A number of enhancements have been made to EcoCyc in the last three years (3
). Our efforts to curate protein function based on the published literature have been expanded considerably. We are striving for complete coverage of all genes, proteins and RNAs in the E.coli
genome by comments summarizing structural, functional and regulatory information from the scientific literature. For example, the number of proteins covered by comments and functional annotations has more than tripled since 2002 to nearly 3500 in Version 8.5 of EcoCyc (see Table and http://BioCyc.org/ecocyc/release-notes.shtml
). Recent literature providing important insights into the properties of a gene or protein is incorporated into EcoCyc as quickly as possible, and literature references are in most cases provided as hyperlinks to the PubMed record.
Summary of data content in EcoCyc (Version 8.5)
An important recent addition to the information provided by EcoCyc is a set of icons allowing the user to evaluate the evidence underlying the curator's annotations (see below); these are provided in addition to hyperlinks to the pertinent primary literature. The icons indicate whether the information is based on experimental or computational evidence or based on human inference. Clicking on the icon displays a more detailed description of the evidence based on an evidence ontology (4
), describing for example if a transcription start site was mapped by primer extension.
We are continuously incorporating new information, such as the recently released version of the E.coli
K12 MG1655 genome sequence (GenBank accession number U00096, version U00096.2, GI:48994873; June 24, 2004), which corrects a significant number of sequencing errors present in the original genome sequence released in 1997 (5
). In addition,extensive links to other databases such as Swiss-Prot and RefSeq have recently been added or updated. We also continue to curate the EcoCyc description of the E.coli
metabolic network to reflect newly discovered pathways and enzymes. The EcoCyc network of small-molecule metabolism consists of 905 reactions catalyzed by 865 enzymes encoded by 961 genes.
Our curation procedure now includes partnering with outside experts on particular cellular systems to provide a more comprehensive literature overview and up-to-date coverage of the field. Special reviewers are acknowledged on the ‘Credits’ page (http://EcoCyc.org/contributors.shtml
). Recently, this type of curation has been applied to the process of DNA repair. We have annotated both direct repair mechanisms, such as photolyase, as well as indirect repair mechanisms, such as nucleotide excision repair, base excision repair and homologous recombination. We have also curated 56 untranslated RNA species in EcoCyc.
Transport reactions in EcoCyc
The known and predicted membrane transporter complement of E.coli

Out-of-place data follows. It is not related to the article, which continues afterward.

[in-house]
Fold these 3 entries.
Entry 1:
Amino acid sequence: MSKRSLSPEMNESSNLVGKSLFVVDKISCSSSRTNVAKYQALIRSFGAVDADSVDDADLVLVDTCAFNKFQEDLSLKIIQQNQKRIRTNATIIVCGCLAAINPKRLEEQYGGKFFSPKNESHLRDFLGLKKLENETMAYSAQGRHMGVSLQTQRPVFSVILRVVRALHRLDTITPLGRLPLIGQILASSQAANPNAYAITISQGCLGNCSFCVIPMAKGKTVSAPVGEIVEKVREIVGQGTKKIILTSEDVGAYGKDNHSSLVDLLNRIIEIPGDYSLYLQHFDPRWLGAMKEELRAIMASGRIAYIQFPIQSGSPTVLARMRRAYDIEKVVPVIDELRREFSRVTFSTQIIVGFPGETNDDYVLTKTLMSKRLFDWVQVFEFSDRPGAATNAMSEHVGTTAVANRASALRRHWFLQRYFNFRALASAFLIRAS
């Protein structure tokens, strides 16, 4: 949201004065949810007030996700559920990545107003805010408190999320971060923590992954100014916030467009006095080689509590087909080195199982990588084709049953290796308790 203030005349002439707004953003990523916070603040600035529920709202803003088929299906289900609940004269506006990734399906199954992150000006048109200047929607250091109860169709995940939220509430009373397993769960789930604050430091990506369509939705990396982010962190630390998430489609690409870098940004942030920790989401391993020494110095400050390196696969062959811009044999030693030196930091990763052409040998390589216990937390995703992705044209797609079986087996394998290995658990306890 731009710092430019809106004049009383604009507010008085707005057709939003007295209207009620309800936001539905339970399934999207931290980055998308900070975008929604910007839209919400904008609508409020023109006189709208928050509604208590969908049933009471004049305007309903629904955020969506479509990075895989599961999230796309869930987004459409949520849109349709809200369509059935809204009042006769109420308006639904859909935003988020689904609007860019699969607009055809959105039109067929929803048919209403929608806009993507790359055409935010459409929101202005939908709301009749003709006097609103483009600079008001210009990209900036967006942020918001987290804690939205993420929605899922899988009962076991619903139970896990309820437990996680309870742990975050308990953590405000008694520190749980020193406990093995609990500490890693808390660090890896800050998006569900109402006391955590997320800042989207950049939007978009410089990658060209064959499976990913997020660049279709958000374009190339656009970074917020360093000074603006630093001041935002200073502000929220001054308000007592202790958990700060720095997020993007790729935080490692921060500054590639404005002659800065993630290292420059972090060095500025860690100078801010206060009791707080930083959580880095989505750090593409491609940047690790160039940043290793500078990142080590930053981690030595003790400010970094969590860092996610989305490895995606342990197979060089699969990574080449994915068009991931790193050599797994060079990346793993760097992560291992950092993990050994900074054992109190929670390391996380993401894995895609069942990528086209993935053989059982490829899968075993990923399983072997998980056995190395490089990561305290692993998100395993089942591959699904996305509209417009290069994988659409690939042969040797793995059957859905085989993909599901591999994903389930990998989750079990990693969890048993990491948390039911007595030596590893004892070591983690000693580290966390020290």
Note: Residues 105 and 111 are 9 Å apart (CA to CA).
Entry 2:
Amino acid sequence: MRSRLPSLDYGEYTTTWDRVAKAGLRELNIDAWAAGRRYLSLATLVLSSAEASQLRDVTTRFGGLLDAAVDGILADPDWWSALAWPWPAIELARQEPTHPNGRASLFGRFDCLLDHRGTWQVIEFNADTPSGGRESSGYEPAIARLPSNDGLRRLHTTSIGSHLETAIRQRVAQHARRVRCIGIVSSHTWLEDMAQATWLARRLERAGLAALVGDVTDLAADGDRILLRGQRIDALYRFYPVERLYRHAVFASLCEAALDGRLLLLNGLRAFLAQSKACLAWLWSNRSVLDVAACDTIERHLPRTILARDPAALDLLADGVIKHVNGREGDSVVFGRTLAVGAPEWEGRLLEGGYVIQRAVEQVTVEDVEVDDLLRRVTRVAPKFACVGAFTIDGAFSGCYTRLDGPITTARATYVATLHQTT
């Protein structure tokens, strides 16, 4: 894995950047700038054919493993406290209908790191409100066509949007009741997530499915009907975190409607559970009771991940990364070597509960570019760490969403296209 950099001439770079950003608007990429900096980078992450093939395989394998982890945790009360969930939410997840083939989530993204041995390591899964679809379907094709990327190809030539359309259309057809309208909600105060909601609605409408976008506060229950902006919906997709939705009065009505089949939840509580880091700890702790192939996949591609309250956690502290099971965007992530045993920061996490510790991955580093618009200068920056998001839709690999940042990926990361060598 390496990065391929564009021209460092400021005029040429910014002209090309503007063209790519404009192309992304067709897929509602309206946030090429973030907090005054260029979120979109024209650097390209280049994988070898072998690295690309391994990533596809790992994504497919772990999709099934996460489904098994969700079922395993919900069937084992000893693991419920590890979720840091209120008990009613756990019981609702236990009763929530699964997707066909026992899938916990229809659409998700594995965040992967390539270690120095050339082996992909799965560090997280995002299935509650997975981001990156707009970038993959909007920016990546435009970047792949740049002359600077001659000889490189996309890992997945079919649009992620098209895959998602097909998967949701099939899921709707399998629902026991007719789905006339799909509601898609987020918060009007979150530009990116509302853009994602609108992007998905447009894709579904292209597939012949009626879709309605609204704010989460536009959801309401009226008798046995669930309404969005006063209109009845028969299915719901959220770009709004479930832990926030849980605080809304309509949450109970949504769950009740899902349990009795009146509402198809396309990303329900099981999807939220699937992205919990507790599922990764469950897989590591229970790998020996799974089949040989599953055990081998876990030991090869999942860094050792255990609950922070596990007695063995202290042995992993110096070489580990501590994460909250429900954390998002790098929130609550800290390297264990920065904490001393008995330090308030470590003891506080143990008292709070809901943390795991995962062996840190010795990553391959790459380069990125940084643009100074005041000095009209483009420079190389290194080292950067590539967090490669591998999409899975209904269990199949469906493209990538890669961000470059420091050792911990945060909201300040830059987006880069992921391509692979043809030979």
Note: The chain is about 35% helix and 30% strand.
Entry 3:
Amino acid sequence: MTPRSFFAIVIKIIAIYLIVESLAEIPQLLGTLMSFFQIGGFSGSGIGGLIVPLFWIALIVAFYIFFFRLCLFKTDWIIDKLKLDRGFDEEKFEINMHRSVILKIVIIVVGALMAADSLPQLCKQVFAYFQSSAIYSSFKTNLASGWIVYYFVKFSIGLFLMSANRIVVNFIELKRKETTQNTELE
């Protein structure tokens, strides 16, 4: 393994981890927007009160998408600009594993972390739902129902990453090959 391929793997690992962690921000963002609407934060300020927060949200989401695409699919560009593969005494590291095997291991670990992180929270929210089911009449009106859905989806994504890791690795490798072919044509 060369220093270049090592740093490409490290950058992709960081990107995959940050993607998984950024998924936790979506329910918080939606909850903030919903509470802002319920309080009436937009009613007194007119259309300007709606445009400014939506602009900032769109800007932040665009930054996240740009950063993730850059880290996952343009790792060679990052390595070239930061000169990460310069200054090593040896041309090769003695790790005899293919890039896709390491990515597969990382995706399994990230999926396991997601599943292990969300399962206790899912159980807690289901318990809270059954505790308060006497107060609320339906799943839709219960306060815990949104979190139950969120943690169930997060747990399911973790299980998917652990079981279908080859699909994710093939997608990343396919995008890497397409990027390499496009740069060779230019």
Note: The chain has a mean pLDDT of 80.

is now fully described within EcoCyc. A total of 202 transport reactions are described; all have been annotated with the same detailed, literature-based approach that EcoCyc uses for enzymes and pathways. Since the last publication describing the EcoCyc database (6
), we have completed the curation of cytoplasmic membrane transporters and expanded coverage to include outer membrane channels, auxiliary transport proteins within transport systems, and protein secretion systems, such as the Sec and Tat pathways.
Transcriptional regulation in EcoCyc
Since merging with the RegulonDB (7
) database in 1998, EcoCyc has incorporated extensive information on pathways that regulate the transcription initiation step of gene expression (3
). EcoCyc's current contents on the elements supporting the regulatory network of E.coli
are summarized in Table . The information on mechanisms of regulation gathered in both EcoCyc and RegulonDB is currently the largest known network of regulatory interactions of a bacterial cell, with 2393 specific interactions of transcription initiation (promoters and binding sites for regulators). The network includes more than 1000 mapped transcription initiation sites, which are regulated by nearly 1400 binding sites for specific transcriptional regulatory factors (TFs).
The names of TFs have been standardized in a manner that describes whether a TF acts as a repressor, activator or has a dual effect. Comments on regulatory proteins have been expanded and updated. Annotations now include, among others, the active conformation of TFs with the associated signal metabolites, the evolutionary family to which they belong, and whether they are autoregulated. The anatomy of regulatory regions upstream of operons and transcription units is also encoded in the database.
Most recently, we have expanded our scope to encompass regulation at all levels of gene expression and metabolism. We have initiated this effort by focusing on the conditions of anaerobiosis and utilization of carbon sources. This approach will produce a more integrated electronic description of the collection of regulatory mechanisms present in E.coli.